READ MORE: Iranian Oil Waivers Signal US Losing Int'l Authority — Professor

    The multinationals that have a huge US business cannot afford to do business in Iran, which gives great opportunities to those who don't have US connections.

    Sputnik: Why, in your opinion, did Washington grant temporary wavers to eight countries to allow them to import oil from Iran?

    Andreas Schweitzer: They thought that they are going to deal with it anyway, so maybe it's better policy to accept it, than to start another fight with them. China would not have not imported; they need China, which buys one third of Iranian oil.

    They cannot simply stop, even if they would want to. The same thing is for India; in the past refineries were made to refine a certain type of oil and if your refinery can only refine Iranian oil and you don't have Iranian oil, your refinery stands still. This doesn't work. These are very practical reasons that the Americans have now accepted as well.

    Sputnik: What response can we expect from Iran? Previously, Iranian officials even threatened to block the Strait of Hormuz…

    Andreas Schweitzer: I would say this would be a very last resort, if even that. One of the achievements from the American point of view is that the economy has suffered, and the currency has lost about 70% of its value.

    To illustrate that, in 2009, for one euro you got 10 thousand reals, last year you got 50 thousand reals, and now you get 150 thousand reals; so all your imports are three to four times more expensive than last year, which kills the business.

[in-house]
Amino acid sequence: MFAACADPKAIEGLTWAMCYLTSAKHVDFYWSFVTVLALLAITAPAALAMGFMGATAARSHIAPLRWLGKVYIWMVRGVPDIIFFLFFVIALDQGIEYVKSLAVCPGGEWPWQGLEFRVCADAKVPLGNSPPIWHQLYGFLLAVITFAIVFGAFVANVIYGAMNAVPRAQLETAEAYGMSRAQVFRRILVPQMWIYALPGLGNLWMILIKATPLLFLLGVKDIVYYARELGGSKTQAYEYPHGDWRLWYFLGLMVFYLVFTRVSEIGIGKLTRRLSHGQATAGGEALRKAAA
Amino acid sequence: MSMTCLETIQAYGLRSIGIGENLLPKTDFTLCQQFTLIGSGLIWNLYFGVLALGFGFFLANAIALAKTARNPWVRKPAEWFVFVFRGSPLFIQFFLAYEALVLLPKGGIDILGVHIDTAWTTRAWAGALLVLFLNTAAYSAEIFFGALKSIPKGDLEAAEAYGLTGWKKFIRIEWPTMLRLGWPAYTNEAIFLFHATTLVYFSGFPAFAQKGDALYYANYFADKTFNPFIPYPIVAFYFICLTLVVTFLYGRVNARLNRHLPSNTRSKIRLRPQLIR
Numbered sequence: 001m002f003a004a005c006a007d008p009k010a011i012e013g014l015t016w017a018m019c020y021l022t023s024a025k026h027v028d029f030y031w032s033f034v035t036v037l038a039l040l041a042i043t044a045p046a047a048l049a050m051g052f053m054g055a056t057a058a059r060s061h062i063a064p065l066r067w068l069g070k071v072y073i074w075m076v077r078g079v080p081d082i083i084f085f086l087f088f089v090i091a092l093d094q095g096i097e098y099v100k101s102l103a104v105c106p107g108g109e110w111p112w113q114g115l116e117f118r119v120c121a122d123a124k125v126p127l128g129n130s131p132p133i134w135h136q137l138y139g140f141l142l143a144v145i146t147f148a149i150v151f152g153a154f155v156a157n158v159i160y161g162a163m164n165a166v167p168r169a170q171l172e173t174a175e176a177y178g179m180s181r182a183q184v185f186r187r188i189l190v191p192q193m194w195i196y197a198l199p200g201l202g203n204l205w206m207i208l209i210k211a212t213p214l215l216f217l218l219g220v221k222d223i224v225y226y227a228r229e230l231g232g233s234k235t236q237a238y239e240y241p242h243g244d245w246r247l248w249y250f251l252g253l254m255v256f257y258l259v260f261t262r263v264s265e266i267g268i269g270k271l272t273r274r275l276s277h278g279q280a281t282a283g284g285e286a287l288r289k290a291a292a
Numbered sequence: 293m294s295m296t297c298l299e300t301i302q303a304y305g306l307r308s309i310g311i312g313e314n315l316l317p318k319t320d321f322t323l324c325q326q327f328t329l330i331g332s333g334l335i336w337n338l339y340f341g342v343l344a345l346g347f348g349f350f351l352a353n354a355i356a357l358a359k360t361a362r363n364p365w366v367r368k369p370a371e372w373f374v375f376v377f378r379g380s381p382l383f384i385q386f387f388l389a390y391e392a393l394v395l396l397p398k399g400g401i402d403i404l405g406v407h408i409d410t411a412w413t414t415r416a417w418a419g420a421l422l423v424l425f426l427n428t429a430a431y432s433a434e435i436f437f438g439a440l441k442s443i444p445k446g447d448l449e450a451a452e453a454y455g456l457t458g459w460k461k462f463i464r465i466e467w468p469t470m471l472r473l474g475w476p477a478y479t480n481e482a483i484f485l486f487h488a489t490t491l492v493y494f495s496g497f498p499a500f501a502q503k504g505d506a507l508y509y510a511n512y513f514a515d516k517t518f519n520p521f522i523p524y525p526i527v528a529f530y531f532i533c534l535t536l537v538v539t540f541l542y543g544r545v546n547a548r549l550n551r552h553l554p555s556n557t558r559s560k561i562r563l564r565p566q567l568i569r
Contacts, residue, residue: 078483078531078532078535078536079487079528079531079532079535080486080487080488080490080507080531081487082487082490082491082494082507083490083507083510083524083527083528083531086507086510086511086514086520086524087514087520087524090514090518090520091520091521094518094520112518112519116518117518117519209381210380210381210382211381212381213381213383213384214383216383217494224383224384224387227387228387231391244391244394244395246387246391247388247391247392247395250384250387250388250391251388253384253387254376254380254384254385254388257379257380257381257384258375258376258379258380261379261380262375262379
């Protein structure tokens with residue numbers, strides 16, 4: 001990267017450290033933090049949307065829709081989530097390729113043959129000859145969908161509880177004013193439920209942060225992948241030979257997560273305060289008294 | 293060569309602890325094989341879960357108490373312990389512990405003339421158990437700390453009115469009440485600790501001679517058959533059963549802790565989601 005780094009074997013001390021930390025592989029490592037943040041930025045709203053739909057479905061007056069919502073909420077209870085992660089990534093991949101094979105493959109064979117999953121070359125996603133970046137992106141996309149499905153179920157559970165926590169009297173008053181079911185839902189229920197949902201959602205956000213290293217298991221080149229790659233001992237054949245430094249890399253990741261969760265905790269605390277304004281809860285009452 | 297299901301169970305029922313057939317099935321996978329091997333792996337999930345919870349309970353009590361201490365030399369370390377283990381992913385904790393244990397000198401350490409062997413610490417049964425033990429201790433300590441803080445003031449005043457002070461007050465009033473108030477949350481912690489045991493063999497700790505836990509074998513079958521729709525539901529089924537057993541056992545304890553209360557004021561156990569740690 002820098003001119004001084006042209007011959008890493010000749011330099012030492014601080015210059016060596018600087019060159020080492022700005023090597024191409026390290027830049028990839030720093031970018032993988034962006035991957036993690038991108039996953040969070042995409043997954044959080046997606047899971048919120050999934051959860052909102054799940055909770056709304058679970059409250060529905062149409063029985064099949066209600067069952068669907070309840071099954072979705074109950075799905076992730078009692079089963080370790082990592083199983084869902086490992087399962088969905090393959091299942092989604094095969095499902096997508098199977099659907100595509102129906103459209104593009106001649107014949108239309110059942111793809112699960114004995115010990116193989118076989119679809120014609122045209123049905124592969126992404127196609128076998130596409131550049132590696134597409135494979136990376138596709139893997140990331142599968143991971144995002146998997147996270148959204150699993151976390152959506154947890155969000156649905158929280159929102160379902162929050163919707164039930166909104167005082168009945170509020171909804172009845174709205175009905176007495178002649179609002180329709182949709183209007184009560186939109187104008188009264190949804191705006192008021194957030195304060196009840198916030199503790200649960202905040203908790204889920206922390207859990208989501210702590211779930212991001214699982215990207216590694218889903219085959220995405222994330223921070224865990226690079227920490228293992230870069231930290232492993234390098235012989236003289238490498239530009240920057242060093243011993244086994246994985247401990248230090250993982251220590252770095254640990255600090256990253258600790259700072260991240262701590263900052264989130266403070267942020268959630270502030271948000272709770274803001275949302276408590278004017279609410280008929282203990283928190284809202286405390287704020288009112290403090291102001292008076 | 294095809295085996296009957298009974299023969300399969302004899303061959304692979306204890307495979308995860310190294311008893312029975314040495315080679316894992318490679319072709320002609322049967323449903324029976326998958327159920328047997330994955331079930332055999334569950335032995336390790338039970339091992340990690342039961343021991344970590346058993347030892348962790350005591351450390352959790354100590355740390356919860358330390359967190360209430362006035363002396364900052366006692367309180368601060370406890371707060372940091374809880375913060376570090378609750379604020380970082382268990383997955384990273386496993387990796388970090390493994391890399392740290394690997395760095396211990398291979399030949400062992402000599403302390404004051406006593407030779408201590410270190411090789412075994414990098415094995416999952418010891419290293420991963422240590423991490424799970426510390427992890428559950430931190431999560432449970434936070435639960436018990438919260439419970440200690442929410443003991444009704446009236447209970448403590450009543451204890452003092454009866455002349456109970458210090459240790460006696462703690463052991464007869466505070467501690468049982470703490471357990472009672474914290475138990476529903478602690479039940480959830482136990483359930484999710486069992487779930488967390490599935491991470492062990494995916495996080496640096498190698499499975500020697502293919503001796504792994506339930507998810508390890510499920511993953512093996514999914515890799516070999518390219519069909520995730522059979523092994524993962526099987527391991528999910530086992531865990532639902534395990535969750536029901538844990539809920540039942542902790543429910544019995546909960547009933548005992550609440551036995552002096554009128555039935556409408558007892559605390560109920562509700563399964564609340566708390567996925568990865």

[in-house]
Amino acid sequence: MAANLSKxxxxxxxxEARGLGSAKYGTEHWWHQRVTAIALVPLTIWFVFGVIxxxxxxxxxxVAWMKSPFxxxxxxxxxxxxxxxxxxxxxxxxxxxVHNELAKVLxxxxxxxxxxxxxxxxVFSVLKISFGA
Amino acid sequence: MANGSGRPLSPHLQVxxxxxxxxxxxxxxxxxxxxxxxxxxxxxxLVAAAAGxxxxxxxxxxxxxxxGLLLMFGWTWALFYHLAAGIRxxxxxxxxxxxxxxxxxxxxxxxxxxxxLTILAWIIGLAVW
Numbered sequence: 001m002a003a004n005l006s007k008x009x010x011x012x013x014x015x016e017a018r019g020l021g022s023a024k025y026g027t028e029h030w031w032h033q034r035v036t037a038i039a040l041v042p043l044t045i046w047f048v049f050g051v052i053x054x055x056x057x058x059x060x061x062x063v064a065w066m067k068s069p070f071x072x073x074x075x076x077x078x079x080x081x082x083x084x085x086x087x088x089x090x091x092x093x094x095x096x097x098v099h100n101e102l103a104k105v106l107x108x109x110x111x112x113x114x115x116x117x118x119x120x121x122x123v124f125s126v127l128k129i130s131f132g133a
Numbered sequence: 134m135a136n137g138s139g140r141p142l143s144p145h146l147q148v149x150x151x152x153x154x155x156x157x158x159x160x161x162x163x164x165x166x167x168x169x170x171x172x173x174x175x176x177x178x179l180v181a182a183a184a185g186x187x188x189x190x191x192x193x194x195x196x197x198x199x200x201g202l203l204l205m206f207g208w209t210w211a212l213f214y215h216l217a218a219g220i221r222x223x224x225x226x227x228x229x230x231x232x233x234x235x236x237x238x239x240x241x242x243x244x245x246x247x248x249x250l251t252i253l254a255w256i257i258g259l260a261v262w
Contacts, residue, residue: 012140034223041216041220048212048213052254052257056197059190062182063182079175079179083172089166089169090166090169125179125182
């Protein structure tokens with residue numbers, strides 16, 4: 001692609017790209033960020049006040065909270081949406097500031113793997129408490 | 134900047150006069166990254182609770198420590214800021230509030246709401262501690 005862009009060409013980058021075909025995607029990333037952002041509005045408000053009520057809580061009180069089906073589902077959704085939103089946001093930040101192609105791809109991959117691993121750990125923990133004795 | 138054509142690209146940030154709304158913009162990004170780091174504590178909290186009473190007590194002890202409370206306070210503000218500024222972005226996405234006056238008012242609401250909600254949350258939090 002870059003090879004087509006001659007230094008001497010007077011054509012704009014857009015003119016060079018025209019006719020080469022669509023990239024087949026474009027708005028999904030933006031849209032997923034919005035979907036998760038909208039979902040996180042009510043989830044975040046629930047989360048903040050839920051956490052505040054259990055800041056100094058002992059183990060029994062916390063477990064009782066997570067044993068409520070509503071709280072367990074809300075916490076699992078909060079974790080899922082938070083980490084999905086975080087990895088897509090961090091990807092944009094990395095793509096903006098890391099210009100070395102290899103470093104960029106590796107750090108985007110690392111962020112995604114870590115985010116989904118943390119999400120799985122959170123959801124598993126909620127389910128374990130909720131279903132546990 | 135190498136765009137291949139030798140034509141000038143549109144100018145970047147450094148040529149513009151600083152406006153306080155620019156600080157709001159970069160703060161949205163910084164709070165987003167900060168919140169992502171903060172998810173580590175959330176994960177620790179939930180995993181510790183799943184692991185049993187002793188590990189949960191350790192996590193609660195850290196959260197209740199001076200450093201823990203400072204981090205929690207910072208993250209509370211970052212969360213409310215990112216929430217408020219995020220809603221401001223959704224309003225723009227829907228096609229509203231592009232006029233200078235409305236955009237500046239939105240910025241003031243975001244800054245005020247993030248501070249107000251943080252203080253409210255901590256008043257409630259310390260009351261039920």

READ MORE: Pompeo Grants Exception to Some US Sanctions Against Iran — State Dept.

    It kills the business for the Iranians, but it also kills the business for the foreigners. This is a game that everybody is now in, the Americans and the Iranians; and we'll see who lasts longer. In a way, it's as simple as that.

    Sputnik: How likely is that that a new deal with Iran will be signed in the near future?

    Andreas Schweitzer: We all wish that peace will come to the Middle East region because it is another destabilizing factor in an area which doesn't need more destabilization.

    Hopefully, within a year, the parties find a way to talk to each other. But at the moment, the Iranians say "we'll talk to America if America changes the outlook on the JCPOA"; and America says "we are only talking once you have complied with what we require."

    So, it's pretty much a standoff. But sometimes even little miracles happen and someone feels it's the right time to talk; but I would say that crystal ball is pretty opaque.

    Views and opinions expressed in this article are those of the speaker and do not necessarily reflect those of Sputnik.

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    Tags:
    oil, business, sanctions, Joint Comprehensive Plan of Action (JCPOA), Donald Trump, Barack Obama, Iran, United States, Middle East